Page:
What a parent can do depends on the son's age. If he is not yet legally an adult, the parent can and should take advantage of being able to make decisions for him. Therapy, rehab programs, AA are all there to offer professional or group support help, even if it requires police assistance or commitment by a doctor to get him there. (Expect anger and resentment from him.)
If he is an adult, the parent has fewer choices--actually, almost nothing that does not require the son's voluntary compliance. The entire family may stage an intervention, which sometimes works. If he reaches the stage where he is potentially a real danger to himself or others, a parent can go through the courts to have him committed for treatment. (Expect very heightened anger and long-term resentment if you do this, but you will be guided by the situation. It is better to have your child hate you than to watch him kill himself with an addiction.)
Talking to an alcoholic who is in denial is like spitting into the wind. Not much, if anything, you say is going to stick. But mothers (and fathers) don't give up. They keep trying to get through to their kid and hoping that he will eventually come to realize he needs help to get that monkey off his back.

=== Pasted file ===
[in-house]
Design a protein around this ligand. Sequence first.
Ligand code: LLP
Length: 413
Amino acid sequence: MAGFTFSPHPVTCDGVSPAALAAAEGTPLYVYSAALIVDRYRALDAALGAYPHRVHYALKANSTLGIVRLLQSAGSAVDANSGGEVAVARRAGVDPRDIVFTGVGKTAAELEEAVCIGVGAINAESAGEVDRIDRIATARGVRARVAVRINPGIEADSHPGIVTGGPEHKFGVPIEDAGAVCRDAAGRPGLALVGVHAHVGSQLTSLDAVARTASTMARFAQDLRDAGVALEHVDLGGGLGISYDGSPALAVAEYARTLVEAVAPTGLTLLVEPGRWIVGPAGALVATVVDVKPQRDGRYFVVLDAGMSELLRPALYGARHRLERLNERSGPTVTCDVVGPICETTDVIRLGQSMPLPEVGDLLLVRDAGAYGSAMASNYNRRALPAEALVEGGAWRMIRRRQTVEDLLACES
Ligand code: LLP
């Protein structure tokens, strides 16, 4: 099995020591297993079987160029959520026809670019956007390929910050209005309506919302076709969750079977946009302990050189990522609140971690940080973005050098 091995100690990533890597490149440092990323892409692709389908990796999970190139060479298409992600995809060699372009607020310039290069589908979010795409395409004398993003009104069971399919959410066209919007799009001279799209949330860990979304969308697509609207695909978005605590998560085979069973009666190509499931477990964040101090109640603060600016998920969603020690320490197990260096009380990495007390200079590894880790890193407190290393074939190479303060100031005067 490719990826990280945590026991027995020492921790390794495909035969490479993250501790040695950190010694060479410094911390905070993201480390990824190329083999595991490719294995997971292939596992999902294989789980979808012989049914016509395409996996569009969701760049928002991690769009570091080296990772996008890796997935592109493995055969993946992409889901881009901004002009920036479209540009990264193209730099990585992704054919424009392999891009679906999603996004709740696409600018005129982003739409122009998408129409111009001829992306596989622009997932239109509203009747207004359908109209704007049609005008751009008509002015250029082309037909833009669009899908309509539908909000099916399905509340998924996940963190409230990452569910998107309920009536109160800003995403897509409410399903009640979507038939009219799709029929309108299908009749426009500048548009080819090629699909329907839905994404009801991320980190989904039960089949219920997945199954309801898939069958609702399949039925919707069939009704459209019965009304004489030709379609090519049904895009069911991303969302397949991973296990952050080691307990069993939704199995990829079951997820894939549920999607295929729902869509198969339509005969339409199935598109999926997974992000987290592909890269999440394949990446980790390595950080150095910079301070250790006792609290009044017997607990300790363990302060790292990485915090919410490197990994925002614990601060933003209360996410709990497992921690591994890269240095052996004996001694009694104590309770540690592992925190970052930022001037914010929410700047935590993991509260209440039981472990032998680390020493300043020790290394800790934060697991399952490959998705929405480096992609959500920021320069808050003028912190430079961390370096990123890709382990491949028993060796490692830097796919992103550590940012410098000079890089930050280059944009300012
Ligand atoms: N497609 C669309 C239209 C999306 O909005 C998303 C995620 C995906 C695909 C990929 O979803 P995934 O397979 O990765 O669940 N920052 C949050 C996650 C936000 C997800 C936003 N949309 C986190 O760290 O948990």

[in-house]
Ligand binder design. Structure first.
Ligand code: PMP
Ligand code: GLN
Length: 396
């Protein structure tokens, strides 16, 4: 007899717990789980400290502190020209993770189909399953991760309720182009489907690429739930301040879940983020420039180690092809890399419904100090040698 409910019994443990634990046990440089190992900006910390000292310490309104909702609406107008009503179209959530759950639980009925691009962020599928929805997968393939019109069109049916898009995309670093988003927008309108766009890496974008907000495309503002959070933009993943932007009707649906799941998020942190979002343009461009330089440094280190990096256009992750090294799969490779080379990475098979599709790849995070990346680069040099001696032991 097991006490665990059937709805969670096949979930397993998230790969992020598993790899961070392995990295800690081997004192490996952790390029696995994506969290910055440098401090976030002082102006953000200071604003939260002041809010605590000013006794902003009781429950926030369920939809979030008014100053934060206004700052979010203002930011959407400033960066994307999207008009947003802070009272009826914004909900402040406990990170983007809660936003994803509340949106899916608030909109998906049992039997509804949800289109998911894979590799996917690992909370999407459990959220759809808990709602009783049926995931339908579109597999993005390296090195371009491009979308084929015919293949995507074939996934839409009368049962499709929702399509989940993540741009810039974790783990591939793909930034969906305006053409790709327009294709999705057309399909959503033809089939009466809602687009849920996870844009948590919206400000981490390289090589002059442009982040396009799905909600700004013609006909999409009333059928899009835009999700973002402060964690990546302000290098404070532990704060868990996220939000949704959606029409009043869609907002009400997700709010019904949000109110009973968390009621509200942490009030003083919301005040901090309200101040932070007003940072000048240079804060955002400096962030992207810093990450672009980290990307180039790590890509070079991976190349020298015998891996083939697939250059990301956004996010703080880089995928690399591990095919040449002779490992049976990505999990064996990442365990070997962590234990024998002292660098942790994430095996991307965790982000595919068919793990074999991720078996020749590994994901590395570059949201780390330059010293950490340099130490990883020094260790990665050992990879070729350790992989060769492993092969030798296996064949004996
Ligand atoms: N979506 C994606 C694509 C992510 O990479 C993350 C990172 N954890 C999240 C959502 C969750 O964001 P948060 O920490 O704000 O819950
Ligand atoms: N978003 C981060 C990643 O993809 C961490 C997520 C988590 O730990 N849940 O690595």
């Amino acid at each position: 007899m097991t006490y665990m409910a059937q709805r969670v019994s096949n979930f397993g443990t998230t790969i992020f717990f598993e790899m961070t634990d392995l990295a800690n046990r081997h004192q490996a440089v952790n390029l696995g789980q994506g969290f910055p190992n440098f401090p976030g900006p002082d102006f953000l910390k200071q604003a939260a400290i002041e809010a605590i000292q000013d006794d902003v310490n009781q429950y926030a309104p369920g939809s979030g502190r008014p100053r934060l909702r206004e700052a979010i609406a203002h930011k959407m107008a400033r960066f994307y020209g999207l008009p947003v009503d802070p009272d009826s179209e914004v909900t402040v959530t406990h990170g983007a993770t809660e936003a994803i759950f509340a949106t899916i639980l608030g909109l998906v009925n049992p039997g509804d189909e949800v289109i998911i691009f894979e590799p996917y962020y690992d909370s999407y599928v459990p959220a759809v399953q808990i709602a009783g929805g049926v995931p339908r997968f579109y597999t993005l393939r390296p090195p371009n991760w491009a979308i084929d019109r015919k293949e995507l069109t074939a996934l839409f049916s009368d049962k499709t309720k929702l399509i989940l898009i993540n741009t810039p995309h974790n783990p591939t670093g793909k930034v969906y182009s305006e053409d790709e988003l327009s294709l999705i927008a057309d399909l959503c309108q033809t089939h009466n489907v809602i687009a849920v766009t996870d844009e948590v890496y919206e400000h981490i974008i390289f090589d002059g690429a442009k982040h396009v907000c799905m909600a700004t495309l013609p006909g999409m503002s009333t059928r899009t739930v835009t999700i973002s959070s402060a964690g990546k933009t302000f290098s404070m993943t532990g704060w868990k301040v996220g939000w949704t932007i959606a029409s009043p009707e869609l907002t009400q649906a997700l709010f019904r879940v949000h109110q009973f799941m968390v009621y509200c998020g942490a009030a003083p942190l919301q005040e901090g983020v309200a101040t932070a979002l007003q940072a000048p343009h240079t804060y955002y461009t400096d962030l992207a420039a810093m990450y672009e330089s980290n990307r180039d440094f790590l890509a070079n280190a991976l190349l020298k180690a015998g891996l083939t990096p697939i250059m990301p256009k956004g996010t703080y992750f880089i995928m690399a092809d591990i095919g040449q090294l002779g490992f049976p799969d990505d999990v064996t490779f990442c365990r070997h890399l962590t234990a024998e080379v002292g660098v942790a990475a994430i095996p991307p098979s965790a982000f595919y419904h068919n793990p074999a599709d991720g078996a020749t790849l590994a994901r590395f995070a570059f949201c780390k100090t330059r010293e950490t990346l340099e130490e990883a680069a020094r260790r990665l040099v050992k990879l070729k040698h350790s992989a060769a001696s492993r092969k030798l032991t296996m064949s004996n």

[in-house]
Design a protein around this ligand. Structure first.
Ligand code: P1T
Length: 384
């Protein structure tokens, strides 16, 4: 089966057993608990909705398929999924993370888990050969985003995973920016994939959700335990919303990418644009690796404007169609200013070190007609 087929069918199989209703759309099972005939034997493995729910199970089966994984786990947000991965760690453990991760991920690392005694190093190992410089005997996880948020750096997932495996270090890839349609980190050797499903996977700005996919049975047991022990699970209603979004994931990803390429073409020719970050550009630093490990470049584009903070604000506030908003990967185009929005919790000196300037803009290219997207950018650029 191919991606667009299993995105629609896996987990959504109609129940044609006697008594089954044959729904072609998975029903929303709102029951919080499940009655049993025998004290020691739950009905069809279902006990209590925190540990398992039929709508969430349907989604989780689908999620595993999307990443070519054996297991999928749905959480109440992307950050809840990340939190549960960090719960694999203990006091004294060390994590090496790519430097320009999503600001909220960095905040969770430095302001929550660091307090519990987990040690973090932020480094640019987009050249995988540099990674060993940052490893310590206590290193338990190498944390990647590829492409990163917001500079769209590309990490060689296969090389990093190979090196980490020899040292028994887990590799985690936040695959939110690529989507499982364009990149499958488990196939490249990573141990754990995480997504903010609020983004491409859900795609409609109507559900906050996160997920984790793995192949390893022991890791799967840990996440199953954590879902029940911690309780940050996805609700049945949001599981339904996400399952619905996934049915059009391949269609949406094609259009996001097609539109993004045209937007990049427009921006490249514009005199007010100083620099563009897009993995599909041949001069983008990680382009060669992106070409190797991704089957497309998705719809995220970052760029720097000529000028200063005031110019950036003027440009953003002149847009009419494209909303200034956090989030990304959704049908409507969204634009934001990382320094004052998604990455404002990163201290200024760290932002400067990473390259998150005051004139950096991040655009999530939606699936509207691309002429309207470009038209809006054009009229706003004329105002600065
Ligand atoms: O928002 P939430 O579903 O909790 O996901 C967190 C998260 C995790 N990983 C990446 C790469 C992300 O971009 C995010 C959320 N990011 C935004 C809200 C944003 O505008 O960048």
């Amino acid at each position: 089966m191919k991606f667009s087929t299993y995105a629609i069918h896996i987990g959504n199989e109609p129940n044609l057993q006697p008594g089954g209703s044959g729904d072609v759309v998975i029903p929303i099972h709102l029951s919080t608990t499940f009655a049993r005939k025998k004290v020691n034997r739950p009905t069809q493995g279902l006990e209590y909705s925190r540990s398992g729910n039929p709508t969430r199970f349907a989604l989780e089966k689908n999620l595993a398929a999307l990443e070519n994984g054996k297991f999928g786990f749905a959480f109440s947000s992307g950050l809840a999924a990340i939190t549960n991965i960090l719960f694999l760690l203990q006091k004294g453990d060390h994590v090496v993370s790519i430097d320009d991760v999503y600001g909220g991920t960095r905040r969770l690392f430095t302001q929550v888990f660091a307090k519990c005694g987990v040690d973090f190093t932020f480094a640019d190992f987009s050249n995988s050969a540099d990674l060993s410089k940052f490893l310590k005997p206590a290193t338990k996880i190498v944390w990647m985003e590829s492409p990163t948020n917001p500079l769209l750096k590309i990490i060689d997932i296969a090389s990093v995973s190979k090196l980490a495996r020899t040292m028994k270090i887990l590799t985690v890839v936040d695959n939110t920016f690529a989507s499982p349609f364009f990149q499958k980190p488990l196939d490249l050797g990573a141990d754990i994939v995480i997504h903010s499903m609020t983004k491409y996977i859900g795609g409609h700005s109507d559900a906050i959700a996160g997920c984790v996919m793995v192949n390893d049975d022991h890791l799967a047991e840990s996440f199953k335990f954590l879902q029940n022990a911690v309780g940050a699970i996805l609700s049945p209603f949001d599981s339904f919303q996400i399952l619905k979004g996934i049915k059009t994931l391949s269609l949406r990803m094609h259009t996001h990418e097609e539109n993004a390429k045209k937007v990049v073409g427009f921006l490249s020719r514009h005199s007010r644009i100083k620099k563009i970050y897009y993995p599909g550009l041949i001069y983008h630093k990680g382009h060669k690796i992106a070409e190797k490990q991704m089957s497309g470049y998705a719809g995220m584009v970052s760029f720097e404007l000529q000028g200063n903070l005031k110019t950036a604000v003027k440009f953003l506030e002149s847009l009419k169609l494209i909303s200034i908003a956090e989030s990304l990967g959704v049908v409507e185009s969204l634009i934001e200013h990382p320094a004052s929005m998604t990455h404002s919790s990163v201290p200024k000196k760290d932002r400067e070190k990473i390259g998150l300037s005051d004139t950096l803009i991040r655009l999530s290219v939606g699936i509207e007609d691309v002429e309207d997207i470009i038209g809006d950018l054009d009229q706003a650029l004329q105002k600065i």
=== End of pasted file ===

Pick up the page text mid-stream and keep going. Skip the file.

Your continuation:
It may take years, and it's possible he may never accept the truth of his addiction. Even when you think your loved one has "hit bottom"--even countless times, countless "bottoms"--the addiction may prove stronger than the person.
Still, the mom (or dad) who loves an alcoholic (or drug-addicted) child of any age will not give up on that child. She/He won't give up trying to help...trying to get that child to seek professional help.
Wish I had a magic answer, but, sadly, I don't. The person who suggested Al-Anon for the parent has a good point. Al-Anon exists to help the parent, spouse or other loved one of an alcoholic do what is best for herself/himself and break the cycle of codependence. It really requires a distancing of yourself from your addicted child, which not every parent is able to do--even if she or he can see the value in such an action. Trying an Al-Anon meeting or two may help to determine if it's the right choice.